This website is dedicated to the houses and people of Marrickville. It is a celebration of our past and the road travelled to our present. It is filled with stories about the houses and buildings that shape our neighbourhoods and the people who lived in them. From time to time the legacy of one of our pioneers will be put under threat by an imperfect development process. A page on this site is dedicated to these special buildings in the hope that by understanding their history we might honour them instead of demolishing them. And if the axe does fall, they will be remembered here, in memoriam.
The Marrickville story
During the 1800's the town of Sydney grew into a city with all the accompanying growing pains of crowds, illness, infant mortality and debauchery. It developed a class system based on the English model. The upper class emerged from the early military rule and was supplemented by a wave of affluent British migrants who saw New South Wales as the promised land. The lower class were born out of Sydney's convicts and burgeoning migration program designed to entice labour to the colony as replacement for the defunct convict workforce.
In 1855 Thomas Chalder subdivided his estate and sold it as "Marrickville". Far from the city, it was an idyllic rural neighbourhood where dairy farms and market gardens co-existed cheek by jowl. Marrickville became a place of escape for the wealthy who could return to the City in their own transport whenever they needed to. Much of the land was subdivided into villa sized allotments and was bought in bundles by those who wanted large spaces not available in the City and who yearned to be surrounded by genteel neighbours.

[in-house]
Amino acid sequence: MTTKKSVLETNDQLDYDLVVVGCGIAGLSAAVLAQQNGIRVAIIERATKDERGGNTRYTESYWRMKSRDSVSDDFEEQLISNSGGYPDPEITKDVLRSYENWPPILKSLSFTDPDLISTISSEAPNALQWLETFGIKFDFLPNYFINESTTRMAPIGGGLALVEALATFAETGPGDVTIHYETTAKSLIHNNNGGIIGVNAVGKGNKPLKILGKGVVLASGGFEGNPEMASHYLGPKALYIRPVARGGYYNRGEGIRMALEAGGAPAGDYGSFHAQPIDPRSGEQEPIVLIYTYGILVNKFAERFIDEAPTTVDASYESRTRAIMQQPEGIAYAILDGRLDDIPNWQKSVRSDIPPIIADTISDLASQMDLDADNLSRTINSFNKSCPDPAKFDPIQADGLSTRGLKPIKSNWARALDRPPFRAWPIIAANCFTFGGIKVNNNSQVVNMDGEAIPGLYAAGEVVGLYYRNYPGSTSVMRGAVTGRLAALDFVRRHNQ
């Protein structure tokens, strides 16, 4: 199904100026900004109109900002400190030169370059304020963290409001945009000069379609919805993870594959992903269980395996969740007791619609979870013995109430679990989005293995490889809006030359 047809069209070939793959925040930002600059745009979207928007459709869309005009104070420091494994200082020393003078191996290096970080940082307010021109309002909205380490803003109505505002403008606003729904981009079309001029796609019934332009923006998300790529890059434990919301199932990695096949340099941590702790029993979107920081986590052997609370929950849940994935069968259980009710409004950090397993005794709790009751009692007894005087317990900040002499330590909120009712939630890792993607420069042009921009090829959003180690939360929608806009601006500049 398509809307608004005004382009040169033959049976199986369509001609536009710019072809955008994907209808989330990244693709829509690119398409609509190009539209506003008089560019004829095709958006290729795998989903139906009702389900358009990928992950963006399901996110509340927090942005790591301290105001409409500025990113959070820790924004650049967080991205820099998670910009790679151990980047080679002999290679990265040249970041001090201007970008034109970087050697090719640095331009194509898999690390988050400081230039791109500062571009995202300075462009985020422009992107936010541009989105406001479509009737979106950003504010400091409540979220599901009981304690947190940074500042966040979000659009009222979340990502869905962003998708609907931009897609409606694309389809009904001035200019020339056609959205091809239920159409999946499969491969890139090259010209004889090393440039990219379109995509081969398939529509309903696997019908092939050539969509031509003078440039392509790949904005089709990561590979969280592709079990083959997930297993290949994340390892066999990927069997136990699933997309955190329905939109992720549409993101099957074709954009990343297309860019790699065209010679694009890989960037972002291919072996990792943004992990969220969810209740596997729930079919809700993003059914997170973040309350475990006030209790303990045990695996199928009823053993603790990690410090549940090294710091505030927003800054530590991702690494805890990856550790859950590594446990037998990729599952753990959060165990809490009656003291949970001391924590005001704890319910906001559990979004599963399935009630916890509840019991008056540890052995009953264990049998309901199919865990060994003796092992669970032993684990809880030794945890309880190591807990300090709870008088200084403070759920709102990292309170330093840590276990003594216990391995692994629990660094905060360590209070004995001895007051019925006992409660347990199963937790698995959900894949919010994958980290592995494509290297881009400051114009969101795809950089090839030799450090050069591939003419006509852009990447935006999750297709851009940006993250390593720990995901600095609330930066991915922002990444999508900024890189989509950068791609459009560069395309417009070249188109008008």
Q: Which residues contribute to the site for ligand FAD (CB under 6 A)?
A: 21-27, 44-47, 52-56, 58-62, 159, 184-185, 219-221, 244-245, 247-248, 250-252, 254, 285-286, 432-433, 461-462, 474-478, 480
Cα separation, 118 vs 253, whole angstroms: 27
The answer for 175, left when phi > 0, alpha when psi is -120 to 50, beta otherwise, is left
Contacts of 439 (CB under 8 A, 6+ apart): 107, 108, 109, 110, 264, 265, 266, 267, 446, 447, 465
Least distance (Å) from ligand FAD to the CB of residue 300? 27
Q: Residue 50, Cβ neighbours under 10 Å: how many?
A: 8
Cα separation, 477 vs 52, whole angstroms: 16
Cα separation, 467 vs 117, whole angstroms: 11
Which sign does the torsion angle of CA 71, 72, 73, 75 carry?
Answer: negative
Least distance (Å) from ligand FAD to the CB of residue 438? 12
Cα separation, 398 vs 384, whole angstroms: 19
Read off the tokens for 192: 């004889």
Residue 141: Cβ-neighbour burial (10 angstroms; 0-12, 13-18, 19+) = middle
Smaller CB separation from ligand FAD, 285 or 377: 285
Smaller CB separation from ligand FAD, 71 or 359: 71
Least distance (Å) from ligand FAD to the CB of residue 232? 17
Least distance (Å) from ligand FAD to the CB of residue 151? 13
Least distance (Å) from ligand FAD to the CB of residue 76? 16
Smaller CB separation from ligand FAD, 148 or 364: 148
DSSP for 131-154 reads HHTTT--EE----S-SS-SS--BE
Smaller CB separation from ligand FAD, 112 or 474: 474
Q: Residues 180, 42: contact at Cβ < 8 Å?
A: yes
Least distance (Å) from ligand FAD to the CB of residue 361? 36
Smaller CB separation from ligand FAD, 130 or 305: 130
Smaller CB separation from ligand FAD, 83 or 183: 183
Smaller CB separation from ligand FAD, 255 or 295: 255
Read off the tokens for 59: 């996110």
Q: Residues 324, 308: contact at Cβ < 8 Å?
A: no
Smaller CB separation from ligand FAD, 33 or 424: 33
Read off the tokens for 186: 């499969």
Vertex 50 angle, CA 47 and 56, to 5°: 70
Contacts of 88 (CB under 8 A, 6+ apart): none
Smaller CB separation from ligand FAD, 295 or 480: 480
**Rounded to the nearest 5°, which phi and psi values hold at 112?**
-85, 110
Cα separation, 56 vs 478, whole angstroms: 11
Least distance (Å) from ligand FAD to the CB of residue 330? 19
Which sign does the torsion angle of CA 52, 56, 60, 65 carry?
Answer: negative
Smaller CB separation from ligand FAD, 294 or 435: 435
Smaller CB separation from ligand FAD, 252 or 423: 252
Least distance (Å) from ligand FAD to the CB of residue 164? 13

Early Marrickville was sparsely populated as much of the land was held by speculators who never intended to move to the area, but could see its long term potential. In this climate, Marrickville's grand houses began to accumulate.
But time and science move forward. Trains and trams formed networks over the rapidly expanding suburbs and it became easier to move about Sydney without need of a retinue of carriages and horses. The allotments were cut down into halves and even thirds to accommodate the new workforce who now had the means to travel longer distances from home to work.
In 1889 a great flood wreaked disaster upon Marrickville. Unscrupulous developers had sold off swamp land close to the train station that was completely unsuitable for habitation. Marrickville Council scrambled to drain the swamp and turn it into an industrial zone. The name Marrickville began to stink as much as its water courses.
And the wealthy moved out.
Working class Marrickville
By the 1940's Marrickville was proudly working class and the great houses were viewed with scorn. The destruction had already begun in order to access the land the houses stood on. Dozens of families could be housed in place of one. Soldiers returning from world war II were faced with a housing shortage so the carnage could be justified. It continued for decades under the protection of a municipal development application process.
Today's Marrickville is one that is very comfortable in its own skin. Grand houses and red brick flats sit side by side in a neighbourhood that embraces its identity as the bastard child of a duke and a pauper. It is the home of artists, professionals, the rich and the poor. It welcomes everyone.
It is a community.
119 addison rd